• The div element with the id="title" serves to convey the chart’s context with the title and subtitle.
  • The button element with the id="sonify" is an accessible control that guide users to interact with the chart’s audio features.
  • These next div elements are equipped with attributes and class such as role, tabindex, aria-label, and highcharts-description to provide keyboard navigation instructions.
  • Now, the modules and the HTML elements are added, let’s check the code needed to get the sonification working. There are three main sections:

    • Sonification configuration
    • Keyboard navigation
    • Sonification mode

    Step 3: Sonification configuration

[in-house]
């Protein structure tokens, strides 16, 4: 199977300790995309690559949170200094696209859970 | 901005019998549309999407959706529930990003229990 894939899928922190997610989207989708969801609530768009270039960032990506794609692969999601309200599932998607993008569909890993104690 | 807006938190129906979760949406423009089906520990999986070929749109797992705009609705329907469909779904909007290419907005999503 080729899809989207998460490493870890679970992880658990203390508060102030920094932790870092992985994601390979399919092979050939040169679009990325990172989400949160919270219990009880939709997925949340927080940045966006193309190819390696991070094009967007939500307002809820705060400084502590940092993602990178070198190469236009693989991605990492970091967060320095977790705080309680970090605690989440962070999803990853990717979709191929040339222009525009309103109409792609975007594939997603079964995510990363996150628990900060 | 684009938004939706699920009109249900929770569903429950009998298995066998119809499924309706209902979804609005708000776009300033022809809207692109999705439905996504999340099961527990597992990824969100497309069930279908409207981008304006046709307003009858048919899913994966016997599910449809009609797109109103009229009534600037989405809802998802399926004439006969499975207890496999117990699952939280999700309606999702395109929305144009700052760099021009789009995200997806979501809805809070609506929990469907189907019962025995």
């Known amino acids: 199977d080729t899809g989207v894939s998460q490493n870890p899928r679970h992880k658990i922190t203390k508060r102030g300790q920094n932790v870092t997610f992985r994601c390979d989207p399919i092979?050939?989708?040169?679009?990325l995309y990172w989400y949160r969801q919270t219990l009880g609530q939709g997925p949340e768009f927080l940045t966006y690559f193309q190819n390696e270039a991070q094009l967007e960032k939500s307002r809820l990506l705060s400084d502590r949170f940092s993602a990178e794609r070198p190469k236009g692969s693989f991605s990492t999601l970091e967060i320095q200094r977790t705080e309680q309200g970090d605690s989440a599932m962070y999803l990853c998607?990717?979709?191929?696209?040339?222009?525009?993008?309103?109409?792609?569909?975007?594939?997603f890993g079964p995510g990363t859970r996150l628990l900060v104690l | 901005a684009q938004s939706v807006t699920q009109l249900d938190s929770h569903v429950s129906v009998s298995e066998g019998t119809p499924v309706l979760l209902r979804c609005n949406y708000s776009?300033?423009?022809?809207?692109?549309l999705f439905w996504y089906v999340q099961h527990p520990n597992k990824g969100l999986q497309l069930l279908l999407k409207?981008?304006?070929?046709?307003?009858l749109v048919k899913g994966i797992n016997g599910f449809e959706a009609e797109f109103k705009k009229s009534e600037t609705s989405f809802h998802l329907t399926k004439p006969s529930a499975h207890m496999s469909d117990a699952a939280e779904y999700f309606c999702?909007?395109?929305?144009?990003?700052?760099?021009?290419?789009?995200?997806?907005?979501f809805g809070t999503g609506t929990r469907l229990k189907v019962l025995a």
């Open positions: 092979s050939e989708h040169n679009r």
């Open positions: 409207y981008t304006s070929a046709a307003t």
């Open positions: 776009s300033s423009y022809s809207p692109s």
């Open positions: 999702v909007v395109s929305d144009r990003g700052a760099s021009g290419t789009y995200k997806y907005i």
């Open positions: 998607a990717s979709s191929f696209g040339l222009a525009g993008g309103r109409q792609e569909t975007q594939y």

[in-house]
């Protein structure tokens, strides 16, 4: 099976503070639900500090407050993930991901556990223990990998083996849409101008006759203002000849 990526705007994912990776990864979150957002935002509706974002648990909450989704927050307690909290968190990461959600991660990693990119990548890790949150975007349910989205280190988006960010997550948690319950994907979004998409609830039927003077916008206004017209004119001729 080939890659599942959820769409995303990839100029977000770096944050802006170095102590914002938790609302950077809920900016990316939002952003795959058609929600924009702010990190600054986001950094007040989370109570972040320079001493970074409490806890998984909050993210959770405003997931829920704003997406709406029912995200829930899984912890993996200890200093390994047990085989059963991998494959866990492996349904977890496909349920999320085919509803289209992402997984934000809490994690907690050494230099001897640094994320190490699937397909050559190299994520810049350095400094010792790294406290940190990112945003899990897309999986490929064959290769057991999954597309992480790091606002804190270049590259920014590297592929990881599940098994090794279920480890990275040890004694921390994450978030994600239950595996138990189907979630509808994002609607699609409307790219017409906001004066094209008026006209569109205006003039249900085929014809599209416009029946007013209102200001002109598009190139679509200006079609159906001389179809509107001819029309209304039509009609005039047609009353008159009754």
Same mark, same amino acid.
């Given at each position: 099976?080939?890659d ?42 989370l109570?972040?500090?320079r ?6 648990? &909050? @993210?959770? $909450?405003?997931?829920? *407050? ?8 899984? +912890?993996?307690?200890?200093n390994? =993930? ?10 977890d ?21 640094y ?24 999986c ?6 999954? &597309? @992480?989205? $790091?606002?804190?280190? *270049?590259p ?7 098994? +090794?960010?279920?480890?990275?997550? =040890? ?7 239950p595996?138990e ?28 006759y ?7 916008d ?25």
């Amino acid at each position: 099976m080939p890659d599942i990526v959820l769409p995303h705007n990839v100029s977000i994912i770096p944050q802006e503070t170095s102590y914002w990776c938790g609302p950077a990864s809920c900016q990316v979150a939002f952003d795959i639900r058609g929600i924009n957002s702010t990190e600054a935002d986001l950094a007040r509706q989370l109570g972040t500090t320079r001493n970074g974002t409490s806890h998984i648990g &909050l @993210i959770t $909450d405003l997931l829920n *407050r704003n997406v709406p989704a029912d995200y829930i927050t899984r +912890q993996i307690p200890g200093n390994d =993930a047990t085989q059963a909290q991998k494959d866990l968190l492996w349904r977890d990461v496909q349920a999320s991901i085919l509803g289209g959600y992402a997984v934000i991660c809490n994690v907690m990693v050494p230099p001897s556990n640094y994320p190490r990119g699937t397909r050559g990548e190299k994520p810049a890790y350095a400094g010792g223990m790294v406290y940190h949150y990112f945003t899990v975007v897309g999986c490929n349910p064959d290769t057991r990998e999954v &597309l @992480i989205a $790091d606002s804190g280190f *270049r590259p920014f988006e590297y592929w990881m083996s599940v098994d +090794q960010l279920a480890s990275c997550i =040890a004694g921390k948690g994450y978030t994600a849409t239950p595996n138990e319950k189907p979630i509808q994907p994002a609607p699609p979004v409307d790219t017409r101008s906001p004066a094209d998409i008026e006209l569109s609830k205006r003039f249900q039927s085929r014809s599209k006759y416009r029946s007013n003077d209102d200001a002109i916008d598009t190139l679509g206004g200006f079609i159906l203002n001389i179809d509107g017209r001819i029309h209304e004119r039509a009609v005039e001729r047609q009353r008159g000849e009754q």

The sonification object contains various settings to specify the duration of the sonification process, delays between series, the default instrument, and the spoken series names at the start of each series:

    sonification: {
      duration: 27000,
      afterSeriesWait: 1200,
      defaultInstrumentOptions: {
        instrument: 'basic2',
        mapping: {
          playDelay: 500
      // Speak the series name at beginning of series
      globalTracks: [{
        type: 'speech',
        mapping: {
          text: '{}',
          volume: 0.4,
          rate: 2
        // Active on first point in series only
        activeWhen: function(e) {
          return e.point && !e.point.index;

    Let’s break down the code:

    • duration: This setting specifies the total duration (in milliseconds) for the sonification process.
    • afterSeriesWait: This setting determines the delay (in milliseconds) between the completion of one series and the start of the next series during sonification.